As for Narset Transcendent, arguably the deck’s most controversial and debated card, she’s essentially this deck’s ‘stickier’ and more synergistic Jace, Architect of Thought. Aside from generating card advantage via her first two abilities (Rebounding Lingering Souls is absurd – 6 for 1, which fuels Gideon, Ally of Zendikar), her final is a real threat vs any Control variant (particularly important since we don’t play as much draw or counters as they do), slower Combo, Tron (especially in top deck), and creature-light Midrange, such as BW Smallpox. Alongside Liliana of the Veil, she’s the backbone to the deck’s primary engine and win condition.
Narset is basically “turns” when you go to time, but on a stick. However, instead of a 5 turn clock, she only gives your opponent 4 – or they’re potentially locked out of the game, ultimately forcing concession. For instance, vs Control, it doesn’t matter what, or how much, they draw when Narset’s on the field as the virtual card advantage she provides significantly outweighs any of their outs, besides bouncing her with Cryptic Command, or Detention Sphere. With non-creature spells being the biggest threat to ET, Narset, along with Liliana, provides a powerful, proactive way to deal with them.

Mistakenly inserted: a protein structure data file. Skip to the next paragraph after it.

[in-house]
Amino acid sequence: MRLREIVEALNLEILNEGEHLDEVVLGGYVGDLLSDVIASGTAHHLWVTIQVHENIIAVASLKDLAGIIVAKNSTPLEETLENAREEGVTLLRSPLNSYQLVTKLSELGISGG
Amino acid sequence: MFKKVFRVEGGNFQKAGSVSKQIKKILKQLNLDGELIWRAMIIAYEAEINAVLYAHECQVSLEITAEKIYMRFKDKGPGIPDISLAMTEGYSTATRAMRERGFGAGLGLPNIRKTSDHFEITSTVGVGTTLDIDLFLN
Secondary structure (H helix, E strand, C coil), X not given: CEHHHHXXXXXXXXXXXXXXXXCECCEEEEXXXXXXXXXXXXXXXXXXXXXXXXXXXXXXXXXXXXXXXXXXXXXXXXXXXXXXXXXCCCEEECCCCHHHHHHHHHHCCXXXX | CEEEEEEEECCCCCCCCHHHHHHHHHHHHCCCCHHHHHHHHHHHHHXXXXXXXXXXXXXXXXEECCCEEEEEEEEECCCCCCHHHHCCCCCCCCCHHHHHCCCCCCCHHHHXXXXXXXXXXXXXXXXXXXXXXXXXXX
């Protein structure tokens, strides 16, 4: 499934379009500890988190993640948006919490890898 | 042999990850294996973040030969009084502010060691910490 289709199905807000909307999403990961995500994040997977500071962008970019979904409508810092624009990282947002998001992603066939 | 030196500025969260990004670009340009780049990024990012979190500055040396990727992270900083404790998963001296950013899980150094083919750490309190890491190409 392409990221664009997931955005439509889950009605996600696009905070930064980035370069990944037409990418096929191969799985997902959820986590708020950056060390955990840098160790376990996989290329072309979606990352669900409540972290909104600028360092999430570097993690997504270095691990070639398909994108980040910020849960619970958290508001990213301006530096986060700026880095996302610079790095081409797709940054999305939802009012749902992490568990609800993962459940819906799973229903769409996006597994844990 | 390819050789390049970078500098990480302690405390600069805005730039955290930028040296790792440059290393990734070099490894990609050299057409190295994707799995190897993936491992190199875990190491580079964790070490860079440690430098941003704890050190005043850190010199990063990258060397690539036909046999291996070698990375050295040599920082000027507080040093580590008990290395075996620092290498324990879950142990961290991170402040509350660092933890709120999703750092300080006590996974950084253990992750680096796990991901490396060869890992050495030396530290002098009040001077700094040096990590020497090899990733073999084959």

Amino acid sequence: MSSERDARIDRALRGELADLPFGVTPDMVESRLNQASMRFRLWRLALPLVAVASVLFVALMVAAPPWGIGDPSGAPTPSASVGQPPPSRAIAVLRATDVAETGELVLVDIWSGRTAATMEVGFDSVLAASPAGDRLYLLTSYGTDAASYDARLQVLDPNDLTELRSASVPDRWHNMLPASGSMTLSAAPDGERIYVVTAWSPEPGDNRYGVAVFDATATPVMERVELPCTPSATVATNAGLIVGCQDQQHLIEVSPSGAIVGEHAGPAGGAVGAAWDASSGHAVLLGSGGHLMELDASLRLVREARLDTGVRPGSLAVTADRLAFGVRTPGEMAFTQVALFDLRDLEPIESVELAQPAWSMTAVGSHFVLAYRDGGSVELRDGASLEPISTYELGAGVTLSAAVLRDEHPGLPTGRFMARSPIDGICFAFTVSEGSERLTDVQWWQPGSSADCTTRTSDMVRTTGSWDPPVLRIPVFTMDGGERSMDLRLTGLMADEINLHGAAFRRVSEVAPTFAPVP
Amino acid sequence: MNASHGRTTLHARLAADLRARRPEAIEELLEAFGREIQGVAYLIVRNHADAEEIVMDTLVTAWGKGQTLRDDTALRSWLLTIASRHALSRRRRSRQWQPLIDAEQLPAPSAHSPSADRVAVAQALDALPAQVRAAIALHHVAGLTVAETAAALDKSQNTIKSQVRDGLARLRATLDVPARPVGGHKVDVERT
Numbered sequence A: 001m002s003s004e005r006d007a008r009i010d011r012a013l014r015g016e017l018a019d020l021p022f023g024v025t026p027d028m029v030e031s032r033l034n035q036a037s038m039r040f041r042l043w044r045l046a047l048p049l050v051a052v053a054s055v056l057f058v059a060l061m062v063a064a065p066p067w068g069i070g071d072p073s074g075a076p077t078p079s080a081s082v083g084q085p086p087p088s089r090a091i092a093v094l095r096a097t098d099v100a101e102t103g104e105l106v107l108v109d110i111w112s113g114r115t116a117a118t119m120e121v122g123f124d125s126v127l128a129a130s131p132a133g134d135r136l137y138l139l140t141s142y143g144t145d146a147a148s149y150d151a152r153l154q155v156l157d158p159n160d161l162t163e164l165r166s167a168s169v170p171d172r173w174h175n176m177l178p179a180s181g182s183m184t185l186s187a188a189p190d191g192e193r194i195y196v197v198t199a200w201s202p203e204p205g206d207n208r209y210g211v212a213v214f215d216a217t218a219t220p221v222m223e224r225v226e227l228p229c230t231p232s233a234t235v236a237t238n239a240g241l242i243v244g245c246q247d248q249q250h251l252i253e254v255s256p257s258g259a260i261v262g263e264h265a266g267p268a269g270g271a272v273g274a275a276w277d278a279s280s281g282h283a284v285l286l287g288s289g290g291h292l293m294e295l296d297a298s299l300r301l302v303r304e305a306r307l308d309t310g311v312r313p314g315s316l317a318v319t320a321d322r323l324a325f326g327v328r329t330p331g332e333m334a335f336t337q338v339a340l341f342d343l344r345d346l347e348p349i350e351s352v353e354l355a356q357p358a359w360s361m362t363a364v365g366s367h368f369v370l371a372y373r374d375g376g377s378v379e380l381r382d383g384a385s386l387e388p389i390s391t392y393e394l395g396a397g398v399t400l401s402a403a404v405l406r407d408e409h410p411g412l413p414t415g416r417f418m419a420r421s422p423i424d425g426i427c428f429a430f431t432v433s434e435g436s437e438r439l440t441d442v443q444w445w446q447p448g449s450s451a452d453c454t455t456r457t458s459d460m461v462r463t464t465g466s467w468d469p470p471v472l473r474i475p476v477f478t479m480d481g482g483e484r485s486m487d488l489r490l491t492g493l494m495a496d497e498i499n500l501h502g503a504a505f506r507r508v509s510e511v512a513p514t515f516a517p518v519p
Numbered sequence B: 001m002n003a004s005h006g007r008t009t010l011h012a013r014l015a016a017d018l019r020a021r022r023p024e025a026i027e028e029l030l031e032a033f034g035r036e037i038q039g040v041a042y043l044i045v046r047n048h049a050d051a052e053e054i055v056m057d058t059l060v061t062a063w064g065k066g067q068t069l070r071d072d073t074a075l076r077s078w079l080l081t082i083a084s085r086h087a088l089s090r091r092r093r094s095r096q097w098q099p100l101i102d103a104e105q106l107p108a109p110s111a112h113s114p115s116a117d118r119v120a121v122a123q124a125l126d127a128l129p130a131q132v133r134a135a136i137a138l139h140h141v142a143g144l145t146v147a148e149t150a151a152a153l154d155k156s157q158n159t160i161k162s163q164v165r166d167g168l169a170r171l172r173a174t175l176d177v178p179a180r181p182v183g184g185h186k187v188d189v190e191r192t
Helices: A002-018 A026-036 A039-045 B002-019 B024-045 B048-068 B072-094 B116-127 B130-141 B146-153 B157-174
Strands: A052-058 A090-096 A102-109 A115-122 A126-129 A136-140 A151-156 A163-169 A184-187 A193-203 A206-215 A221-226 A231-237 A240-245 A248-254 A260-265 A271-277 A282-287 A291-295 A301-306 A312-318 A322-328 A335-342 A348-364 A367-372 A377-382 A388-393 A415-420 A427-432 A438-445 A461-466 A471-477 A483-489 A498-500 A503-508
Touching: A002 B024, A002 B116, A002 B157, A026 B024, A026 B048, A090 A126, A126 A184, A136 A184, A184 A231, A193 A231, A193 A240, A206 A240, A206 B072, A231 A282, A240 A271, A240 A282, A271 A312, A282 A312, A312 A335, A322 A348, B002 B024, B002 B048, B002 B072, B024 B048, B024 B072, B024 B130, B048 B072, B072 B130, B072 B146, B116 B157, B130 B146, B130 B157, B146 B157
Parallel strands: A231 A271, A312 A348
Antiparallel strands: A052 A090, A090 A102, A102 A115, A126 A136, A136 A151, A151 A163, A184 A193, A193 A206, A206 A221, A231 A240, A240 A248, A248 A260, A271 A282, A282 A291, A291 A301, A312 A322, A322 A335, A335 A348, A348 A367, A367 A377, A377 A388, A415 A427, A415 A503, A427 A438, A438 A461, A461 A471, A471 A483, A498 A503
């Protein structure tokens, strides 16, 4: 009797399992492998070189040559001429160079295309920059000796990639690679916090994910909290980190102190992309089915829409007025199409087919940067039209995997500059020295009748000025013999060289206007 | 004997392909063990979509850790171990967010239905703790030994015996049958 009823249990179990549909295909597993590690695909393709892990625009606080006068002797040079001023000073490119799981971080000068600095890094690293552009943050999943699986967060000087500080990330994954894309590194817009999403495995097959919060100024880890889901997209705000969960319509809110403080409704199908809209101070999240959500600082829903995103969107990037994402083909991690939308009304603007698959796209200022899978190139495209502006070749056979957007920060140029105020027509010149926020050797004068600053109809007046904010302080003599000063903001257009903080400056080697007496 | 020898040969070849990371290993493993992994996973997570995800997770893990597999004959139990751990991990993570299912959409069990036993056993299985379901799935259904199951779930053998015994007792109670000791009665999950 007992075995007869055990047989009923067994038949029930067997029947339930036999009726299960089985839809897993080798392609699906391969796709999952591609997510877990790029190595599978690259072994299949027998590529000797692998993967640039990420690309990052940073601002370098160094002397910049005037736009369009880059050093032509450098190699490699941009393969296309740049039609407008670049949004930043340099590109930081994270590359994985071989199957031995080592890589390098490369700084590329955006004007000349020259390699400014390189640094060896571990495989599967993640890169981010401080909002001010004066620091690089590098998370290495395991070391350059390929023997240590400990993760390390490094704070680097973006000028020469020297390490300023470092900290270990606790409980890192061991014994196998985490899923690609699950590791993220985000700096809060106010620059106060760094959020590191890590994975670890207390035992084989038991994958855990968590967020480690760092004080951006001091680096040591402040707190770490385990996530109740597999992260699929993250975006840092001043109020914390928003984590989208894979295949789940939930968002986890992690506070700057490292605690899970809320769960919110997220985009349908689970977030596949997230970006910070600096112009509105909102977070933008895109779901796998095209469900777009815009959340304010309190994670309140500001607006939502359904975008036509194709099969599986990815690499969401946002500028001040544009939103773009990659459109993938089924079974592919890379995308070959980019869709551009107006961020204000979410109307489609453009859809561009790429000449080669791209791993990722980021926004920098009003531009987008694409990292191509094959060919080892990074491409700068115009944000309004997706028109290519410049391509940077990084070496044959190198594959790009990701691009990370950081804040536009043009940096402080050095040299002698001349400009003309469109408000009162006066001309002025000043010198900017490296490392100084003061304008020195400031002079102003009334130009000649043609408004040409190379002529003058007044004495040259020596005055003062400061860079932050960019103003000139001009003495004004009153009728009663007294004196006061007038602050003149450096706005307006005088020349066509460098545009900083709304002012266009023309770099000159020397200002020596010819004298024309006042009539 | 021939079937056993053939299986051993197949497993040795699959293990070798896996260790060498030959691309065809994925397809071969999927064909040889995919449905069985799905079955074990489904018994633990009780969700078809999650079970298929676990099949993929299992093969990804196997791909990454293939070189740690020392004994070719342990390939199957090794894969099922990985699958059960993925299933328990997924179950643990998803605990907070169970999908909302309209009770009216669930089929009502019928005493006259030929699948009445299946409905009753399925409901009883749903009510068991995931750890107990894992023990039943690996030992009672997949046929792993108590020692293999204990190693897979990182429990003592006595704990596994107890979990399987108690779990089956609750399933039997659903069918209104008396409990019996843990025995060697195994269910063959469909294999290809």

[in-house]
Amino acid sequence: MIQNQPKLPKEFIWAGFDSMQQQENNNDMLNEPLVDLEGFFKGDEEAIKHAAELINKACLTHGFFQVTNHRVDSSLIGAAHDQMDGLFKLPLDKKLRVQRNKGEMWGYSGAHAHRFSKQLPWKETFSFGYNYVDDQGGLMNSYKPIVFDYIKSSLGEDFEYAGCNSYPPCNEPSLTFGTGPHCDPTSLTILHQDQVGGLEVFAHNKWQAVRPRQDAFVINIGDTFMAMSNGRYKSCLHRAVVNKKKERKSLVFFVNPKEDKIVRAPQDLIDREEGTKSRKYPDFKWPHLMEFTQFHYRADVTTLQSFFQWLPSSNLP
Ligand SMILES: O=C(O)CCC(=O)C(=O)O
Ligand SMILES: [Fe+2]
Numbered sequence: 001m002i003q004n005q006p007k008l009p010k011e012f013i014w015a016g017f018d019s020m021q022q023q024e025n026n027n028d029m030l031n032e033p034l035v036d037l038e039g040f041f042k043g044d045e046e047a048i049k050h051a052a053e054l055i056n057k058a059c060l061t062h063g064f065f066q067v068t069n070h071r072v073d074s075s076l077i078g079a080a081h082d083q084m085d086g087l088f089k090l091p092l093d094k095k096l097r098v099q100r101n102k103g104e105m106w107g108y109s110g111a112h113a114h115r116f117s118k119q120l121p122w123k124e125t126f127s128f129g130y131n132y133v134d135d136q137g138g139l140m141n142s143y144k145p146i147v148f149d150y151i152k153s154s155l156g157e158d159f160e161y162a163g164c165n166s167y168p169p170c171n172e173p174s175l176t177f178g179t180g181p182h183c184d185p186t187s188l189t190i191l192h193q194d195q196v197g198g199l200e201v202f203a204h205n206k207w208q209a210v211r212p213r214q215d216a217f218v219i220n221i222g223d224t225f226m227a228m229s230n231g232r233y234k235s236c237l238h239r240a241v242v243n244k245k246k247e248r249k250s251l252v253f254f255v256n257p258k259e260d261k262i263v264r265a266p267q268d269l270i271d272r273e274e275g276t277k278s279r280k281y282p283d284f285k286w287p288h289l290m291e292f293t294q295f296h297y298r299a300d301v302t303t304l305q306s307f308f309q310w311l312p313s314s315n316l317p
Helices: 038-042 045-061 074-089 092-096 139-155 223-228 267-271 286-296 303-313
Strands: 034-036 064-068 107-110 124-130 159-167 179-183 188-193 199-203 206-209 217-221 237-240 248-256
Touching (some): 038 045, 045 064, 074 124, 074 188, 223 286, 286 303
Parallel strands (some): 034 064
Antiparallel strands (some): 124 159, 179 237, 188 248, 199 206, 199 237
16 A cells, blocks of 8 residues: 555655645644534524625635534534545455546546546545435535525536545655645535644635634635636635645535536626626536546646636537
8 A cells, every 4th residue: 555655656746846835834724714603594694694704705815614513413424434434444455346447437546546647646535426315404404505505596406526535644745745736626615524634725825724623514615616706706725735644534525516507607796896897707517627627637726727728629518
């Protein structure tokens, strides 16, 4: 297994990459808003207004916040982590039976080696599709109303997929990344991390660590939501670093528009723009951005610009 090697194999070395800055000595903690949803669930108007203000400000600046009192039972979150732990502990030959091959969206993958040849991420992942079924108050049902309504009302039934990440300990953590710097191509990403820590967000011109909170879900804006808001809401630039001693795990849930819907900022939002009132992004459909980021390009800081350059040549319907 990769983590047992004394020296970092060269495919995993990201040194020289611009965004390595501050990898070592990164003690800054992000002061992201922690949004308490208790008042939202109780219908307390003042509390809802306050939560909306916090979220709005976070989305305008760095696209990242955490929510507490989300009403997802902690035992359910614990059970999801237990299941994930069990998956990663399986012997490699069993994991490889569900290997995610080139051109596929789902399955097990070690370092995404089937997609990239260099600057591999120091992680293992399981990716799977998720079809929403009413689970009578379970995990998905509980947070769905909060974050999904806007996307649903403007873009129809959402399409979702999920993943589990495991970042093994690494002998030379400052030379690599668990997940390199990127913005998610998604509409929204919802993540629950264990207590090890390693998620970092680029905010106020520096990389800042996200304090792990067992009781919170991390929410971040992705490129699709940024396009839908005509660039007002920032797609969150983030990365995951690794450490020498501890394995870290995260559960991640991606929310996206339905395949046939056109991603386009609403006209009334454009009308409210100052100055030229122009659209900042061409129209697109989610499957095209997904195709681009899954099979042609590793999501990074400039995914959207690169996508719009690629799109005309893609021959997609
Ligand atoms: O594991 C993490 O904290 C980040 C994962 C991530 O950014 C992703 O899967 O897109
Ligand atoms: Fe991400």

Notably, with Dredge’s decline and Control’s rise, Narset is even better positioned now than she was then.
For more regarding Narset’s role in ET and the powerful synergy between both Walkers, I spoke to Isaac Egan, one of Australia’s top pros, who first 5-0’d a competitive league on MTGO with Liliana + Narset in ET and trained with Dylan Brown prior to GP Brisbane, and shared his explanation here: Neo7hinker’s Twitter